Friday, February 14, 2020

Whale Poo and You, Redux

We have been down this rather obscure trail a few times.
This time from the World Economic Forum, November 29, 2019:

Whales are vital to curb climate change - this is the reason why
  • Whales store huge amounts of CO2
  • They support the growth of phytoplankton, which stores 40% of all carbon produced
  • A 1% increase in phytoplankton productivity is equivalent to 2 billion mature trees
They are majestic, massive and mysterious - and they could hold a secret for combating climate change.
Now, researchers have put a price on the value that whales bring to the world.

The International Monetary Fund (IMF) has estimated the value of a single great whale at more than $2 million - which comes to more than $1 trillion for the current stock of great whales.
 The IMF based its figures on each whale’s contribution to carbon capture, the fishing industry and the whale-watching sector, which is worth over $2 billion.
If we helped whales return to their pre-whaling numbers of 4- to 5 million (up from 1.3 million today), researchers say they could capture 1.7 billion tonnes of CO2 annually - with the cost of protecting them at just $13 per person a year.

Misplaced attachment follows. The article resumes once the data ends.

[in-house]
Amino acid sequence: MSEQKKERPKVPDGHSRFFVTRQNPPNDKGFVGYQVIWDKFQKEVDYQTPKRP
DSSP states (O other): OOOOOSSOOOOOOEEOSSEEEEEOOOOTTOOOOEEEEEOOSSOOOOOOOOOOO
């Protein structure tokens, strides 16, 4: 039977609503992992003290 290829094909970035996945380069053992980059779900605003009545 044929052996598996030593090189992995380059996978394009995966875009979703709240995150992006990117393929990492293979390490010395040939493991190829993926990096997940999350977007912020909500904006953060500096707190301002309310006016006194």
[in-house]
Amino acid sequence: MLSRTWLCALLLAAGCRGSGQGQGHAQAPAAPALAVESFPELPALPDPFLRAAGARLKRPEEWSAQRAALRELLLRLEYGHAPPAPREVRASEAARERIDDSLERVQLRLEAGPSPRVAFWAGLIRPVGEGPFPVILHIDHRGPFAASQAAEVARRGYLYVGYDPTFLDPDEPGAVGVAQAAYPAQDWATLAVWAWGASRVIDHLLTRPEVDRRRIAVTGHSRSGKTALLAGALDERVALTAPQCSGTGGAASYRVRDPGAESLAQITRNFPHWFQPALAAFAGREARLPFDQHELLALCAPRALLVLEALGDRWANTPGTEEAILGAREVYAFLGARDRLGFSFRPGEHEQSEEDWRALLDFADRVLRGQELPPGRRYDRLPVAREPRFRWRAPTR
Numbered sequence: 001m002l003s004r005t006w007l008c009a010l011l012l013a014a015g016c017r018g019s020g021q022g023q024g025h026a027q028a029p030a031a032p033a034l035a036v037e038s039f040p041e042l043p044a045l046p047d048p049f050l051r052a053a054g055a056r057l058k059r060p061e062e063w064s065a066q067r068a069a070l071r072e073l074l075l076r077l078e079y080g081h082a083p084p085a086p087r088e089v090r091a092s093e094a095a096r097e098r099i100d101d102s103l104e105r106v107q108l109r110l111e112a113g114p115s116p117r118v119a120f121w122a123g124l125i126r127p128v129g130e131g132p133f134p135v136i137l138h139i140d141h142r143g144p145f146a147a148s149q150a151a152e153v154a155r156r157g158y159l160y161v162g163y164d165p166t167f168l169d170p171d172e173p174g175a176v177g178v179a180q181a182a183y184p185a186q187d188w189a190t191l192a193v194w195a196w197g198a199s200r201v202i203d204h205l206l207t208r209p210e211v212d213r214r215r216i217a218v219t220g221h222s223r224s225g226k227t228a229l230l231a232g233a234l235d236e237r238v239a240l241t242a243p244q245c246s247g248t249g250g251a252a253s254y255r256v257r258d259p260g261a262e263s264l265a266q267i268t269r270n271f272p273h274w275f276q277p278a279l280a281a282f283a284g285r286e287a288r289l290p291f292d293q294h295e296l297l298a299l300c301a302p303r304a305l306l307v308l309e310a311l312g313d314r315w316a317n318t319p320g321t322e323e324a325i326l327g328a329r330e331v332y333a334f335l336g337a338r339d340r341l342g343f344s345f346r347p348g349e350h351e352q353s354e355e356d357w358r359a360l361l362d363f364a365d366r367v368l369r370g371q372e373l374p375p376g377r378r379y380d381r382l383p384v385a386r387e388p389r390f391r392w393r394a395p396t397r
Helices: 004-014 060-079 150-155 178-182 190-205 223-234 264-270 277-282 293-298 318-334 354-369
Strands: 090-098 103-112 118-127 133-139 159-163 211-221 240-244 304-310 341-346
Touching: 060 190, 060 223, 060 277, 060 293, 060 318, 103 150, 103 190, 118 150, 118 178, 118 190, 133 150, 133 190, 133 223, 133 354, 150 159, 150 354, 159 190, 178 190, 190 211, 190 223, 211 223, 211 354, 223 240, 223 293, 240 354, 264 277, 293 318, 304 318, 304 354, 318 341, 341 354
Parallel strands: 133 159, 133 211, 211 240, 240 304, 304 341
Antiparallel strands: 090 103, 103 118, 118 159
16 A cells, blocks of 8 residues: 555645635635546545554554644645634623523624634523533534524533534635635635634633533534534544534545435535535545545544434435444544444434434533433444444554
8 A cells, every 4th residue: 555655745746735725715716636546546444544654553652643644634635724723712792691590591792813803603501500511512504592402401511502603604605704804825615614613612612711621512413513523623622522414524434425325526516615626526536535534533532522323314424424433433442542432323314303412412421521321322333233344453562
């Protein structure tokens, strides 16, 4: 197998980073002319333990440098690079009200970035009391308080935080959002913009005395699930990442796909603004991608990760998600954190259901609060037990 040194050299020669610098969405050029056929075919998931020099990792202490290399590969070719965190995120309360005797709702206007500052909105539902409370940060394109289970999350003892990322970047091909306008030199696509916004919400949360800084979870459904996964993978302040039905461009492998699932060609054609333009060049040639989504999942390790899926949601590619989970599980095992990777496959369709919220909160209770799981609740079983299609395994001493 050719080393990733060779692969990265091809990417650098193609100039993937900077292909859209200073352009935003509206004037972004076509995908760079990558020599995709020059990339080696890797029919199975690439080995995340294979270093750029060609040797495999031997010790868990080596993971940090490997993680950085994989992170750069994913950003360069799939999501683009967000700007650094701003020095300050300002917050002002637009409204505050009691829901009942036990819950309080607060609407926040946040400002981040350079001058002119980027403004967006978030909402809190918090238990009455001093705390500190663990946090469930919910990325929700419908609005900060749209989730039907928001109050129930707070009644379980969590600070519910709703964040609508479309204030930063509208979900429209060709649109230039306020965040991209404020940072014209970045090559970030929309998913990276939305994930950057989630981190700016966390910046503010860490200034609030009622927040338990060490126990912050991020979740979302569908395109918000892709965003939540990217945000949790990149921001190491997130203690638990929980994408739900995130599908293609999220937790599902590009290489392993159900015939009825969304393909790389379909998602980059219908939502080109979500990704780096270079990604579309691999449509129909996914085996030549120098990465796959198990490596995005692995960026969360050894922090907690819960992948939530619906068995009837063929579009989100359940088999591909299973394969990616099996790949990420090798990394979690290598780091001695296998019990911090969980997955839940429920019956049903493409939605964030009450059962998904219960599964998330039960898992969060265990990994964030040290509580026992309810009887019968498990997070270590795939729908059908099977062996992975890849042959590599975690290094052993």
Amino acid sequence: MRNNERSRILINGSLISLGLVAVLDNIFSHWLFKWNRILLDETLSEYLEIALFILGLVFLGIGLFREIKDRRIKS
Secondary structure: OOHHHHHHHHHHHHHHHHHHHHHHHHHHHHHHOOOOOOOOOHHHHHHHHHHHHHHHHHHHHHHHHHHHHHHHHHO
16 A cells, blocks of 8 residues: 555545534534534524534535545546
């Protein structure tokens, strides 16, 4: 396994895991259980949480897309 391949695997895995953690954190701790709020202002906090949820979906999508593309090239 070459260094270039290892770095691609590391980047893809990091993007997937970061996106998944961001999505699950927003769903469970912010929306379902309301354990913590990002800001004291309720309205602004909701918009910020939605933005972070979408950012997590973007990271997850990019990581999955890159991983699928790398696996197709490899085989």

Whales vs trees
Over a lifespan of around 60 years, whales - especially great whales, such as right and grey whales - accumulate an average of 33 tonnes of CO2. When they die, they sink to the bottom of the ocean, locking that carbon away for hundreds of years.

By comparison, a tree absorbs up to 48 pounds of CO2 a year.

Part of the carbon capture potential for whales comes down to their role in increasing phytoplankton productivity wherever they go - a phenomenon called the ‘whale pump’.
As they rise up through the ocean to breathe and migrate across the globe, the iron and nitrogen in their waste provides ideal growing conditions for these microscopic creatures.
And while they may be small, phytoplankton play an enormous role in regulating our atmospheric conditions - contributing at least 50% of all oxygen and capturing an estimated 37 billion tonnes (40%) of all CO2 produced.
The IMF calculates that’s the same as the amount captured by 1.7 trillion trees, or four Amazon rainforests’ worth.
A 1% increase in phytoplankton productivity linked to whale activity could mean the capture of hundreds of millions of tons of additional CO2 a year, equivalent to 2 billion mature trees, according to the IMF....

One of these days I'll retell a saga about plankton.
Today though, it's:2010's "Whale Poo and You: Sperm Whale Feces Remove 200,000 Metric Tonnes of CO2 Annually" which was followed by "Better than Whale Poop?: 'Sea otters worth $700 million in carbon credits'".

Cetacean dung: we track it so you don't have to.